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What happens when a business declares bankruptcy

When a company goes out of business or is trying to dig out from under tons of debt there are Federal bankruptcy lawsto govern how this is done. When the bankrupt company wants to reorganize its business and attempt to begin to make a profit again, they might choose to use Chapter 11 of the Bankruptcy Code. Chapter 11 allows management to continue performing the day to day business operations but a bankruptcy court must approve all important business decisions associated with the company.

A company that goes completely out of business and ceases all operations may choose to use Chapter 7 of the Bankruptcy Code. When a Chapter 7 is used, a trustee is selected to sell off the company's assets. The money from the liquidating of assets is then used to pay off debts to creditors and investors. Secured creditors such as a bank take less risk and are paid first. Secured creditors know they will get paid first if the company files bankruptcy because the credit that they extend is usually with collateral.
Unsecured creditors such as bond holders are the next to get paid. Bondholders have a better chance of recovering their losses than stockholders. This is because bonds represent the debt associated with the company and the company has agreed to pay bondholders interest along with returning their principal.
Those taking the greatest risk and the last to be repaid are stockholders. Stockholders are those who own the company. The owners make the majority of the money if the company succeeds, but they stand to lose the most if it fails. The order of payment is determined by the Bankruptcy laws.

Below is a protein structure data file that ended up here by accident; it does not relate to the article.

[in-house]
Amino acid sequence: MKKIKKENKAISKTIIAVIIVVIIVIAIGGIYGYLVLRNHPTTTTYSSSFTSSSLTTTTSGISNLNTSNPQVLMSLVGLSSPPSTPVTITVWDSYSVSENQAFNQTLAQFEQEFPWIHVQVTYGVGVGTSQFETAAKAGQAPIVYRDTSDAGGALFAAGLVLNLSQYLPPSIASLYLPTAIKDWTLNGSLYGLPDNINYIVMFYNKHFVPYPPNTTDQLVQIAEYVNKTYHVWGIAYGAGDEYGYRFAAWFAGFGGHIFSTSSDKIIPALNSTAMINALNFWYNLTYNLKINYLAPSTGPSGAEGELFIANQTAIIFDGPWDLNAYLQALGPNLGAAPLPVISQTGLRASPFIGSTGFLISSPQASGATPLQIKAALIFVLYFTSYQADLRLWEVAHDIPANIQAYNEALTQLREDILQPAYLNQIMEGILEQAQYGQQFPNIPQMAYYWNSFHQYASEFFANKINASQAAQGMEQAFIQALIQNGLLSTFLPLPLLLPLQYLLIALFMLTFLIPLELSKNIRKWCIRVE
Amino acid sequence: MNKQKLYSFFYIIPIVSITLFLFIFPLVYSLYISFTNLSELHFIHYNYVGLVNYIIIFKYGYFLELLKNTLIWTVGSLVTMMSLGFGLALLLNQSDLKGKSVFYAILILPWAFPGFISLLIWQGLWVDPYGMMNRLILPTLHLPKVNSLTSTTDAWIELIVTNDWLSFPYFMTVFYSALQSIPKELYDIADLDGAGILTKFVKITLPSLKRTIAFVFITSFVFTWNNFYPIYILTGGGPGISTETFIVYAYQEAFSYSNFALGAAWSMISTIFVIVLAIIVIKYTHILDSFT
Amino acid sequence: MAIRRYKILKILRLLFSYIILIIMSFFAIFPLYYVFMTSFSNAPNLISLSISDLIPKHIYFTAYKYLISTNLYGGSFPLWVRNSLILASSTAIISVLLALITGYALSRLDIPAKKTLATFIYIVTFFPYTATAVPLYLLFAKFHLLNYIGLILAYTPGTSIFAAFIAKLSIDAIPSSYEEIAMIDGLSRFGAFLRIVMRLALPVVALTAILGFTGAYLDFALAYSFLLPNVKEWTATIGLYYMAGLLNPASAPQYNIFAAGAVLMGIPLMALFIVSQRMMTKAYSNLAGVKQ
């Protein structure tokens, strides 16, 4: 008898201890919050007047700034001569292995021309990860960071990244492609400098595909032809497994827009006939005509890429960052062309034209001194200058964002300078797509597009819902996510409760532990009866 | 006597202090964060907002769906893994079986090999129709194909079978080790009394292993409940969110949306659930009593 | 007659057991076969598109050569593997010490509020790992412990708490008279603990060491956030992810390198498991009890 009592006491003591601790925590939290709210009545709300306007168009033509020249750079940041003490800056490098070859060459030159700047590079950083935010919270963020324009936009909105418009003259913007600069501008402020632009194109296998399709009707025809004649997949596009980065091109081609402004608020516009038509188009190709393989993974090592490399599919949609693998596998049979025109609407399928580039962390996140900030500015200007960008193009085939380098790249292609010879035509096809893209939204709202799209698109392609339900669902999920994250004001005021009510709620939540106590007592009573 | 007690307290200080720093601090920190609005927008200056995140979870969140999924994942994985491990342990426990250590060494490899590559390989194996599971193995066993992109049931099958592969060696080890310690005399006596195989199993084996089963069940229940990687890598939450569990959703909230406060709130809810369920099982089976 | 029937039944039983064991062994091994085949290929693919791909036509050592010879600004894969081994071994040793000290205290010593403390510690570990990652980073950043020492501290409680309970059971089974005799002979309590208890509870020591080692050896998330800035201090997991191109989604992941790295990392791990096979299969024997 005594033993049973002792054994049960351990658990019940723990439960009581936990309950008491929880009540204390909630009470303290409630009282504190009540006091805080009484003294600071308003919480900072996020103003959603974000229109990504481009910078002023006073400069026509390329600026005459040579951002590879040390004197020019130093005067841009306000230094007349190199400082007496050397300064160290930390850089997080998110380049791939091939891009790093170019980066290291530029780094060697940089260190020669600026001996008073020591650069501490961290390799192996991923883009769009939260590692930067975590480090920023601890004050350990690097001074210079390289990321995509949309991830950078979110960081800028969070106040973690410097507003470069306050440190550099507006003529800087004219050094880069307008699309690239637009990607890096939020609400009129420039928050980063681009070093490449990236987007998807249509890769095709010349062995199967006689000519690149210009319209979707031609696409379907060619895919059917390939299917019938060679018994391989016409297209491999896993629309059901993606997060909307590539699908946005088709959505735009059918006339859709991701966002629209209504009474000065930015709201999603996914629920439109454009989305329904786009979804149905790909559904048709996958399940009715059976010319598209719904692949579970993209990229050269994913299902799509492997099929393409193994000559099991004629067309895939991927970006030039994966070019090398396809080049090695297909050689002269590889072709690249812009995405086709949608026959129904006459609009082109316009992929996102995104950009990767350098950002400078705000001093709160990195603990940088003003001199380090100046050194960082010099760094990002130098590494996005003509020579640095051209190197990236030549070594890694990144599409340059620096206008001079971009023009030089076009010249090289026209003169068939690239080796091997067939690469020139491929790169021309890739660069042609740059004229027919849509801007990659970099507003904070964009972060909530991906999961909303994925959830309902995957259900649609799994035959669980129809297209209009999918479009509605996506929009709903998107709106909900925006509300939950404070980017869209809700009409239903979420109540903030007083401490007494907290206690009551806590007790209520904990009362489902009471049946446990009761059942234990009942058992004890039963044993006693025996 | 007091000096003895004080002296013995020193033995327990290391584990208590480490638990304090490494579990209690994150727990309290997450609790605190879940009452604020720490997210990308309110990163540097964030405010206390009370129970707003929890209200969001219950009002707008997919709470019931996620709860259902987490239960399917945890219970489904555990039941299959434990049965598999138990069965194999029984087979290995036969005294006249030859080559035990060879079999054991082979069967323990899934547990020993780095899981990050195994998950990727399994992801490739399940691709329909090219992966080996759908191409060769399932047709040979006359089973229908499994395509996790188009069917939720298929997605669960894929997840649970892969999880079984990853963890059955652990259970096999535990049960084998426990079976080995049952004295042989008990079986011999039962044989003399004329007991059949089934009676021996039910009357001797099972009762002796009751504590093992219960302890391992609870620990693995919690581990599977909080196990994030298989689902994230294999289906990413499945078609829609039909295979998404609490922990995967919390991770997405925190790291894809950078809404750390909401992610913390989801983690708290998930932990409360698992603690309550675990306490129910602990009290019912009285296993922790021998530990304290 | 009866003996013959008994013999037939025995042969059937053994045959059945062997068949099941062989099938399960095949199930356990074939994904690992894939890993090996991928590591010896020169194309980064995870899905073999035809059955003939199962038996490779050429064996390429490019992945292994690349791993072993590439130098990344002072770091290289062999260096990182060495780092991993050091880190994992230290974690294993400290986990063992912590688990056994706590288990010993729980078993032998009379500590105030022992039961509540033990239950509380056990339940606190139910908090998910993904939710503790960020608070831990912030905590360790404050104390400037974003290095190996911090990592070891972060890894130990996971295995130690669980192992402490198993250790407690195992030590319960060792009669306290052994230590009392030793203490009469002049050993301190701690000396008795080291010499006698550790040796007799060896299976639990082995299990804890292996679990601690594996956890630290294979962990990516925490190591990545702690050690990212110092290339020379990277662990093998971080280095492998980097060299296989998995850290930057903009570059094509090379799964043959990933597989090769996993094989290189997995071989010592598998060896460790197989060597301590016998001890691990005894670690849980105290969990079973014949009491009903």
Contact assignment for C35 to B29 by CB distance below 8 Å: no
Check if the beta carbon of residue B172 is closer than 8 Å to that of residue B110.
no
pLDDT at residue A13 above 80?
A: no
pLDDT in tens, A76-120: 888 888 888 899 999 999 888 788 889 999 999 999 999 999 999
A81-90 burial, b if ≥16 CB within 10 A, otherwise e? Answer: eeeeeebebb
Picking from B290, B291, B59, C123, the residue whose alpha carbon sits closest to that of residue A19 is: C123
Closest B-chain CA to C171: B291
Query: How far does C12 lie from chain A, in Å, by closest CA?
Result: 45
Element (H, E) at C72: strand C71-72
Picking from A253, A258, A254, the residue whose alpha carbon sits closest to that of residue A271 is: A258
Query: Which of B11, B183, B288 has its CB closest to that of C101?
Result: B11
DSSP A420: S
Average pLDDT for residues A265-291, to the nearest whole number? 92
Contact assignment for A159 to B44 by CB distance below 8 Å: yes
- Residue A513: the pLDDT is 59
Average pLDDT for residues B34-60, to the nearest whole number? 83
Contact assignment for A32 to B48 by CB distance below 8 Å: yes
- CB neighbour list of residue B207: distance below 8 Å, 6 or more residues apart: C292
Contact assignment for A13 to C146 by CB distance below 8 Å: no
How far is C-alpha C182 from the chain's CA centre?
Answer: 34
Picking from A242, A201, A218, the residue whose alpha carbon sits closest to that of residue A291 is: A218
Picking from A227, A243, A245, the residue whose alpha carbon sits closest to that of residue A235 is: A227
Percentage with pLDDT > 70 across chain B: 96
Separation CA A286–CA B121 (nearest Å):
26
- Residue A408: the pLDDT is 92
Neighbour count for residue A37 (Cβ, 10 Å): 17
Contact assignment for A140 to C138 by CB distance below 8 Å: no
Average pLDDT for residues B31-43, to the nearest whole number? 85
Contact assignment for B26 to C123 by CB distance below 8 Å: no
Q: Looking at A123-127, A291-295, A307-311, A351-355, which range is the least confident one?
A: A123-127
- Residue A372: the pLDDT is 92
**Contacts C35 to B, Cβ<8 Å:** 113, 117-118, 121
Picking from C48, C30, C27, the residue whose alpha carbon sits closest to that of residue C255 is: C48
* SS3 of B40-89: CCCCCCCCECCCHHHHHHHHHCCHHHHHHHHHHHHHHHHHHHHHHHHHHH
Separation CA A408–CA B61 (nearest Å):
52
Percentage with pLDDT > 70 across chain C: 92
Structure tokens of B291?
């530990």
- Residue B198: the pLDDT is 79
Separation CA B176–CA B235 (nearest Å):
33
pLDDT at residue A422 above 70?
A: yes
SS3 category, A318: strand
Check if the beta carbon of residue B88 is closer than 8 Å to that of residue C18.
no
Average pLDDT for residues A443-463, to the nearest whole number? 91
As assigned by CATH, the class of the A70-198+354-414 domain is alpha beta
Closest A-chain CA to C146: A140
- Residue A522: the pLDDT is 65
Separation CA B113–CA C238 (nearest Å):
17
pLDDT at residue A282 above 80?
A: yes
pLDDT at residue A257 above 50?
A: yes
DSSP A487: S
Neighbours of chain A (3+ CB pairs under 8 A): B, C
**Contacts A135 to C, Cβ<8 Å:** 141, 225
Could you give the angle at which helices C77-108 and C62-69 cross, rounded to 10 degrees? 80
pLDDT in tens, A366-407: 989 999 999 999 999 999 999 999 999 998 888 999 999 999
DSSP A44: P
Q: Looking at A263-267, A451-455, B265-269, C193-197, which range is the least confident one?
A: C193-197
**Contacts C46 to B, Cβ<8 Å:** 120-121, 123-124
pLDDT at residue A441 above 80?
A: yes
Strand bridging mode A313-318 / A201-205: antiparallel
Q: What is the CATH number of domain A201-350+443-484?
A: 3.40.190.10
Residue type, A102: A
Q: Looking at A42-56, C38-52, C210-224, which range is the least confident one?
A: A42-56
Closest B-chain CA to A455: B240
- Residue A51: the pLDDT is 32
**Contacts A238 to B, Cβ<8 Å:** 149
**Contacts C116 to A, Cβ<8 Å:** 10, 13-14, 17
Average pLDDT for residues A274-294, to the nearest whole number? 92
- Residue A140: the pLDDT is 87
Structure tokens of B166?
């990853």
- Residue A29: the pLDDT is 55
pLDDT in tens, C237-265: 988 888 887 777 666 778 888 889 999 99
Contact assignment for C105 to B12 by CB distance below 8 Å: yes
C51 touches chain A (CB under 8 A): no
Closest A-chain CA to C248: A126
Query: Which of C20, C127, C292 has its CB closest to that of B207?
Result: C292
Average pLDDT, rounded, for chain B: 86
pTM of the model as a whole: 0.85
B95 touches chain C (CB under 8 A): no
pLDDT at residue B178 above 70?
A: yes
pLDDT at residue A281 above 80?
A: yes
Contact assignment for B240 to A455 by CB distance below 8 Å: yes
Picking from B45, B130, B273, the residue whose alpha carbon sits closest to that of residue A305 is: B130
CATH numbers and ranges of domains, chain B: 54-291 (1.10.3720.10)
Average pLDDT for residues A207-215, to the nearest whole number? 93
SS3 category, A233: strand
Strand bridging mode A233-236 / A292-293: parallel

The majority of publicly-held companies choose to file under Chapter 11 rather than Chapter 7 because they can still operate their business while in the Bankruptcy process. Chapter 11 gives a company that is deep in debt a chance to try to work out a successful plan and return to making a profit.

To enable the company to try to get back to profitability, there is one committee that must be formed and is called the "official committee of unsecured creditors." This committee represents all of the unsecured creditors, which also includes the bondholders. To represent stockholders there may be an additional committee appointed. The U.S. Trustee may also name another committee, which would represent a distinct class of creditors.

A company may choose tofile under Chapter 7 because they are so far in debt or have other serious problems they can no longer continue to operate their business. Under Chapter 7, it is likely they will liquidate all their assets. Their assets are sold by a trustee who was appointed by a court. The administrative and legal expenses are the first to be paid, the remaining amounts go to the creditors. Collateral will be returned to the secured creditors. Bondholders and other unsecured creditors should file a claim just in case there is by chance some money left for them.

Under Chapter 7, stockholders do not have to be notified, this is because they usually do not get anything in return for their investment. However, stockholders will be notified if by chance the creditors are paid in full and stockholders will then be given the opportunity to file claims.

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